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laugh at your circumstances!

Tuesday, 3 July, 2012 - 9:04 am

Go  ahead laugh at your circumstances!

Do you ever find yourself in a really tough situation and suddenly you sit back and laugh? I didn't think so. It's not a common occurrence. But, maybe it's a practice we ought to adopt. Try this; the next time things are really going rough, you are frustrated with G-d that He is putting you through a seemingly overpowering challenge; you are ready to pull the hair out of your head... Now, sit back with a cup of cold lemonade in your hand, and LAUGH! Laugh at the situation, laugh at how one day you'll look back and see how you were overwhelmed by the cirucmstances and how you thought it would never work out and it did. Or laugh at how one day you'll realize that this challenge was a tremendous blessing to help you get to a place you didn't even know you had the potential to reach. Oh, and the more you laugh the better you will deal with the situation. 

How do I know this? For that please bring your lemonade onto the porch and I'll tell you a story.

It was sometime after the destruction of the Temple in Jerusalem. (We have just entered into the period known as the Three Weeks where we commemorate the final battle for Jerusalem and the destruction of the Temple.) Rabbi Akiva and his colleagues were walking towards Jerusalem and had arrived at Mt. Scopus. There below, they saw the site of the destroyed Temple. They tore their clothing in mourning. Later they approached the actual site of the Temple and they saw a fox emerging from the Holy of Holies. Rabbi Akiva began to laugh, while his coleagues began to cry. The Rabbi's turned to Rabbi Akiva and asked, "Why is it that you laugh?" To which he responded, "why is it that you cry?" They answered, "for the Torah states that Jersualem will be like a plowed field." To which Rabbi Akiva said, "it is precisely for that reason that I laugh. For I see that just as the prophecy of Jerusalem's destruction has come to pass, so too the prophecy of its rebuilding will come to pass." Rabbi Akiva was not belittling the destruction; rather he was calling on a deep inner strength, conviction and faith in G-d that in time G-d's master plan will be revealed.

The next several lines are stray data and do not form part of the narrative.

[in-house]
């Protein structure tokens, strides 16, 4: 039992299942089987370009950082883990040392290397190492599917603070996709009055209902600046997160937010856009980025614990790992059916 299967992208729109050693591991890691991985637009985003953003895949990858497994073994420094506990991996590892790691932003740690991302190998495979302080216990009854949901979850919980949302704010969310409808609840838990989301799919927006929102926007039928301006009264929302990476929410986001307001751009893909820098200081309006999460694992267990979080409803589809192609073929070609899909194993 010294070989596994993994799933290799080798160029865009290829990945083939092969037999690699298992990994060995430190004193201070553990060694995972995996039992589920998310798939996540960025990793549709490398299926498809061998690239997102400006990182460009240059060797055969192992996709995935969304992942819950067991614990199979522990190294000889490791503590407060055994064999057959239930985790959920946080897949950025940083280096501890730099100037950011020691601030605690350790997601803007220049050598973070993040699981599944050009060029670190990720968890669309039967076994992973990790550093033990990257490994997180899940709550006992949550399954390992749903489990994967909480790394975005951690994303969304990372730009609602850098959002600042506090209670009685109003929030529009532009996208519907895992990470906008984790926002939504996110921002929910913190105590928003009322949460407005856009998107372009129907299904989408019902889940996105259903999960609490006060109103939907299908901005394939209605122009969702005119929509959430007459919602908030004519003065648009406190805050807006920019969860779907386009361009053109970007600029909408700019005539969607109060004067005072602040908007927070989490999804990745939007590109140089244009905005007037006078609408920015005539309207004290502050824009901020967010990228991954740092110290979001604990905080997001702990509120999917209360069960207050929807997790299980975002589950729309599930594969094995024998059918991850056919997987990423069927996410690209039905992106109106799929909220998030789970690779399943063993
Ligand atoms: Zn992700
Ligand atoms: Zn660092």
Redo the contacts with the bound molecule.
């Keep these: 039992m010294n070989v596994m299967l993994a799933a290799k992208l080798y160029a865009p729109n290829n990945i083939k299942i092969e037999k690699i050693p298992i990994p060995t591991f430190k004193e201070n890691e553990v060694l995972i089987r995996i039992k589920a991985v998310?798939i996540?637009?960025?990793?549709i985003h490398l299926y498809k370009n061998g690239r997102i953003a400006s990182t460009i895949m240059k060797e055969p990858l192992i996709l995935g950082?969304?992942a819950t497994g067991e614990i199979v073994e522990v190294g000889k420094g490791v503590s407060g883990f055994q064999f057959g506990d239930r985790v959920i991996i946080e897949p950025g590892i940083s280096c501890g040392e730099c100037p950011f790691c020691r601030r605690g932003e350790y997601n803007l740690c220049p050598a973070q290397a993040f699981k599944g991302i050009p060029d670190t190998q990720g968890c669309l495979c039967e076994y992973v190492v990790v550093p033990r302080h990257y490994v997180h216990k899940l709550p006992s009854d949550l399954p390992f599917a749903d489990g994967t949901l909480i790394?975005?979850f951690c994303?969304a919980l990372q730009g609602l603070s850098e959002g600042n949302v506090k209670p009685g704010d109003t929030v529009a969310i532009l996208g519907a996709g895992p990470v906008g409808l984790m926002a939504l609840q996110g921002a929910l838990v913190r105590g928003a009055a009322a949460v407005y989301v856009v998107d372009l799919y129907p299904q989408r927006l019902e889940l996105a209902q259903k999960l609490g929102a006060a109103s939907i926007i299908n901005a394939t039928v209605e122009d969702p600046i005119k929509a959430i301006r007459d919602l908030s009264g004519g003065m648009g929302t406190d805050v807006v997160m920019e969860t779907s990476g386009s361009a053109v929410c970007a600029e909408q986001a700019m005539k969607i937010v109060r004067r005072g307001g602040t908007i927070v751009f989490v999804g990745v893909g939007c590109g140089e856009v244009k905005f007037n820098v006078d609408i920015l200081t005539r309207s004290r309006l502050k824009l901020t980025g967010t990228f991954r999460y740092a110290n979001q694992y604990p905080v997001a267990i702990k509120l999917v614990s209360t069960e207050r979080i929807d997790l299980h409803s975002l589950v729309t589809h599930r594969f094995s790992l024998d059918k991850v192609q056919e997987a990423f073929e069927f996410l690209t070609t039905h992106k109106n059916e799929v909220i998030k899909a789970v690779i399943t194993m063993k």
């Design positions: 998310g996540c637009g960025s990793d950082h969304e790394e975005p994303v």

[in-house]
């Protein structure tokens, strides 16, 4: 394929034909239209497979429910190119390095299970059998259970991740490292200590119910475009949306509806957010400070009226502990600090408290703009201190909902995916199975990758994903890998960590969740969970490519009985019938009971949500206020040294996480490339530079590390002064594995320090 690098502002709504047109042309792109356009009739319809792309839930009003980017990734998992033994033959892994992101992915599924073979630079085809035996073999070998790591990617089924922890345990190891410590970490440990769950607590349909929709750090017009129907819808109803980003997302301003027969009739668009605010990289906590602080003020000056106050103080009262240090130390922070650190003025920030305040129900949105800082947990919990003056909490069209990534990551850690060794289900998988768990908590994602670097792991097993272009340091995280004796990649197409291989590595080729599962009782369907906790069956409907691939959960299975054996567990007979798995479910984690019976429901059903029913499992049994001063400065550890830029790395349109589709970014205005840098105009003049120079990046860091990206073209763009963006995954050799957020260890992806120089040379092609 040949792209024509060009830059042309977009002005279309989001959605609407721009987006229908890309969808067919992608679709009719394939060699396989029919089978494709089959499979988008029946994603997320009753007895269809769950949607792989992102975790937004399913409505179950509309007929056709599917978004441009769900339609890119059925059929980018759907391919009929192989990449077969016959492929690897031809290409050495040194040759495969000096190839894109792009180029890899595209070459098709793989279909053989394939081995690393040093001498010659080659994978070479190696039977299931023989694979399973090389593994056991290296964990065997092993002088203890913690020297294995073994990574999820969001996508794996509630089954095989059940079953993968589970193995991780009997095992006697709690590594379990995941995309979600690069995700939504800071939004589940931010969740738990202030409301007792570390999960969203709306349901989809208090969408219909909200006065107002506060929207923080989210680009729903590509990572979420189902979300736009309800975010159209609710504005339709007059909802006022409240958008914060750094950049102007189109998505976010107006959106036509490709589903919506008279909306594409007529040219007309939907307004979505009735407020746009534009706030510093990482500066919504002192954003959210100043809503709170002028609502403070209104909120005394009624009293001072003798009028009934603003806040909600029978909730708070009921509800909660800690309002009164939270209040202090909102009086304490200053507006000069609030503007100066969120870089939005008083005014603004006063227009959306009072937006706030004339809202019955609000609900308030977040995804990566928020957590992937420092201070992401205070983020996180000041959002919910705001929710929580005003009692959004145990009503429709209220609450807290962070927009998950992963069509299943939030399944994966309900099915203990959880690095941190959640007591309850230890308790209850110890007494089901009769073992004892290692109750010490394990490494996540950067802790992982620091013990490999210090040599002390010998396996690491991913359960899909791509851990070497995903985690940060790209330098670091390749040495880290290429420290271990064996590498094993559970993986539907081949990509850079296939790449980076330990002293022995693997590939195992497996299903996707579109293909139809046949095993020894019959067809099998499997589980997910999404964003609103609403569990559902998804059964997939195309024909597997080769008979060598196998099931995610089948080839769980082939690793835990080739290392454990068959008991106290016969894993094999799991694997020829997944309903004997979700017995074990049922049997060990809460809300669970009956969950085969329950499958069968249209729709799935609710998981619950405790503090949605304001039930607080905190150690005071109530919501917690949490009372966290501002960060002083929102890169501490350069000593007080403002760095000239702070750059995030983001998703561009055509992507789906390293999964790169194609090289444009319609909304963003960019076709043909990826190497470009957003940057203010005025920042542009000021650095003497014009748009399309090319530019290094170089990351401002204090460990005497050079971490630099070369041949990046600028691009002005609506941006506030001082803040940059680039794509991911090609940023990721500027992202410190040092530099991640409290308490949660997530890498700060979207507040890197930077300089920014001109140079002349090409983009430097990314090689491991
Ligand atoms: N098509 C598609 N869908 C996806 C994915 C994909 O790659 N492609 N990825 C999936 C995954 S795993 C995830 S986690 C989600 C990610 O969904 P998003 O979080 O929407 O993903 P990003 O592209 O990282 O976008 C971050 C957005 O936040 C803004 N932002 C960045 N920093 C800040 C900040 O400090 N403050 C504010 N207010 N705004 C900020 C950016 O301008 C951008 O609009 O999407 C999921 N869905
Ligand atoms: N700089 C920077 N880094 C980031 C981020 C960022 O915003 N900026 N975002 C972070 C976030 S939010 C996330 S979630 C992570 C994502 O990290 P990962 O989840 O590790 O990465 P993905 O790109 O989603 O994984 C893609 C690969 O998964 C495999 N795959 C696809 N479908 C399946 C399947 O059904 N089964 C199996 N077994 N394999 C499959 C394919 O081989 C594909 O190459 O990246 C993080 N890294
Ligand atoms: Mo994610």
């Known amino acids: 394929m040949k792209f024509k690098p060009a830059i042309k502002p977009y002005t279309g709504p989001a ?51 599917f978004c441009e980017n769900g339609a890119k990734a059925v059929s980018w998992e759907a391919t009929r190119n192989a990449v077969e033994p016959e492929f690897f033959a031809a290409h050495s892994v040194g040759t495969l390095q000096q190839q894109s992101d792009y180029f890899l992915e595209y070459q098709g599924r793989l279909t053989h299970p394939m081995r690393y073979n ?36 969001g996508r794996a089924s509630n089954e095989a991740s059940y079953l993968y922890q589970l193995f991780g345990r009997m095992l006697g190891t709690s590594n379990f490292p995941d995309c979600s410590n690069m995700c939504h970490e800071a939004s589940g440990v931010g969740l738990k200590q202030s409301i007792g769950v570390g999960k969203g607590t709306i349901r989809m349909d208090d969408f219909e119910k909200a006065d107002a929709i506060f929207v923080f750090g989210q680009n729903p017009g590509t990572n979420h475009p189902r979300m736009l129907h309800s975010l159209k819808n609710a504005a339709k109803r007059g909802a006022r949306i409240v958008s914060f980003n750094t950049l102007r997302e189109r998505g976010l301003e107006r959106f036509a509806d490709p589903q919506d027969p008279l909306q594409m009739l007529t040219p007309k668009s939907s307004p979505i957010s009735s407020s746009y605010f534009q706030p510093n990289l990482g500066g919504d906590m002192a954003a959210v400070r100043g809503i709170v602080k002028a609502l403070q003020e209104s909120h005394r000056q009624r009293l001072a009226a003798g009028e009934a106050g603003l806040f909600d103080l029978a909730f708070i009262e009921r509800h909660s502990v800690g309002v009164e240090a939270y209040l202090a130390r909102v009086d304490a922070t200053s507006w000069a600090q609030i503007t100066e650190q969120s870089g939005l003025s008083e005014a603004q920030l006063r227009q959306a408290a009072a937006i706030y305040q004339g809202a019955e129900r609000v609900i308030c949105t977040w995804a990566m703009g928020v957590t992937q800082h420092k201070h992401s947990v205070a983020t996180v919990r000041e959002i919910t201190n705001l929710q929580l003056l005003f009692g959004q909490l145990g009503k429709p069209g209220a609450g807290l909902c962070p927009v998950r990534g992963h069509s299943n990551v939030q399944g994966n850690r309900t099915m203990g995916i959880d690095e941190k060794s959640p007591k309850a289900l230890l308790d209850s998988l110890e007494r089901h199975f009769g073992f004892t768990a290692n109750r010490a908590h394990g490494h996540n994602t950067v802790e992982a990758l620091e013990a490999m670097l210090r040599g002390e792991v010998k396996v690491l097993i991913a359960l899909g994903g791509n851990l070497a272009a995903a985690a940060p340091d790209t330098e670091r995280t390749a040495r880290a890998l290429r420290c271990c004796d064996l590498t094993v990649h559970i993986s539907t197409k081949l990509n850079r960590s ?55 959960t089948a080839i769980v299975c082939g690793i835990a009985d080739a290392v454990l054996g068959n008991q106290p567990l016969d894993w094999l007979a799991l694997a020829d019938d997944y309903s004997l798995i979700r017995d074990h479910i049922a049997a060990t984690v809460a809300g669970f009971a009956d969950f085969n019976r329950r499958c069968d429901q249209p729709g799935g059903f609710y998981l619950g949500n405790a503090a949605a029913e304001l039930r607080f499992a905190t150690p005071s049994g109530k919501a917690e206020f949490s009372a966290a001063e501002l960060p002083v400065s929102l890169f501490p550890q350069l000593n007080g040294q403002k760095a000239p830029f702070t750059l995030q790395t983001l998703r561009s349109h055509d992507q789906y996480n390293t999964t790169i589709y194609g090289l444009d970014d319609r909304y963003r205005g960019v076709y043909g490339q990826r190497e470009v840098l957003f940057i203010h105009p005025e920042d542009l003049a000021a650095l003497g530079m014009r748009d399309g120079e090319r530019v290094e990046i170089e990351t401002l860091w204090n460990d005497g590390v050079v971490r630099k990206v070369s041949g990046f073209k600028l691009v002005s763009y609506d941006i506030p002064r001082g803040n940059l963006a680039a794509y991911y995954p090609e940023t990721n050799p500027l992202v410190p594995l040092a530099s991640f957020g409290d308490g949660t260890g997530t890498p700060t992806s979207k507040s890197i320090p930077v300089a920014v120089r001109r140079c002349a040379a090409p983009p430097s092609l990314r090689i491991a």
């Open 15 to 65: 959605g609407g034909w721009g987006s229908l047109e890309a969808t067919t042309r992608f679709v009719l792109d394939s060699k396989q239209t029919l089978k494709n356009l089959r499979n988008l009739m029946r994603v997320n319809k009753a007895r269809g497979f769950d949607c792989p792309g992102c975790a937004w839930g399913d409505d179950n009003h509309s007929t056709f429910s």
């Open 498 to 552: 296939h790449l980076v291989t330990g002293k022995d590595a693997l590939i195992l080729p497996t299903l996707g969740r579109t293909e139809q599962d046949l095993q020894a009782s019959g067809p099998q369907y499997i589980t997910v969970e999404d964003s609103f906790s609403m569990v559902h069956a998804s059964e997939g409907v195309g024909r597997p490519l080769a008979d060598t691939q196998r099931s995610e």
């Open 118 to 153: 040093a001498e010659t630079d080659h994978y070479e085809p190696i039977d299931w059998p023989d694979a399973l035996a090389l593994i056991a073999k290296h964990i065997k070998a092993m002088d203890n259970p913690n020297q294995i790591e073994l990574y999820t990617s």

When we are facing challenge the normal thing is to tear our clothing and cry. Why G-d? Why me? Why this? And that's ok (after all even Rabbi Akiva tore his clothing). But after you are done crying and fretting, step back and call on your inner faith and confidence. This is the faith and confidence that G-d is a good G-d that wants only the best for us. That our situation is really a blessing in disguise and in time it will be revealed. And that until that time our strong faith alone is reason to celebrate, the fact that we have a G-d that loves us and cares for us and wants to help us to greater heights.

Enjoy your lemonade and have a great week.  

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